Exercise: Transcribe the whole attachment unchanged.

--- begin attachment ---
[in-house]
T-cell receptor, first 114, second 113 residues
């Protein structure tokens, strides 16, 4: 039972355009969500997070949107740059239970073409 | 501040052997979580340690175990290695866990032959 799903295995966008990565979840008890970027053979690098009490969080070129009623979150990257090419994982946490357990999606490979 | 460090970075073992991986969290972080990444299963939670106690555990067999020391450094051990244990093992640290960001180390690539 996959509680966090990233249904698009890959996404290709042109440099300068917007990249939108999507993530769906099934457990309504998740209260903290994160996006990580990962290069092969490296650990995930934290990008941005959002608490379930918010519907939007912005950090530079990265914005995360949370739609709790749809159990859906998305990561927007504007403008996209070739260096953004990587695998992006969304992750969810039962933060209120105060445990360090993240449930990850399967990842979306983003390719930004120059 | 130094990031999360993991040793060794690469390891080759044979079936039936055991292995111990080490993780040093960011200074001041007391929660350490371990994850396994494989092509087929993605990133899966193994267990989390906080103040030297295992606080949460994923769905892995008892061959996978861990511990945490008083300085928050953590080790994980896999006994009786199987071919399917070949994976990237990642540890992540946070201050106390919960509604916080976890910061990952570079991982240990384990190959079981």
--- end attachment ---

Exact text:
[in-house]
T-cell receptor, first 114, second 113 residues
């Protein structure tokens, strides 16, 4: 039972355009969500997070949107740059239970073409 | 501040052997979580340690175990290695866990032959 799903295995966008990565979840008890970027053979690098009490969080070129009623979150990257090419994982946490357990999606490979 | 460090970075073992991986969290972080990444299963939670106690555990067999020391450094051990244990093992640290960001180390690539 996959509680966090990233249904698009890959996404290709042109440099300068917007990249939108999507993530769906099934457990309504998740209260903290994160996006990580990962290069092969490296650990995930934290990008941005959002608490379930918010519907939007912005950090530079990265914005995360949370739609709790749809159990859906998305990561927007504007403008996209070739260096953004990587695998992006969304992750969810039962933060209120105060445990360090993240449930990850399967990842979306983003390719930004120059 | 130094990031999360993991040793060794690469390891080759044979079936039936055991292995111990080490993780040093960011200074001041007391929660350490371990994850396994494989092509087929993605990133899966193994267990989390906080103040030297295992606080949460994923769905892995008892061959996978861990511990945490008083300085928050953590080790994980896999006994009786199987071919399917070949994976990237990642540890992540946070201050106390919960509604916080976890910061990952570079991982240990384990190959079981």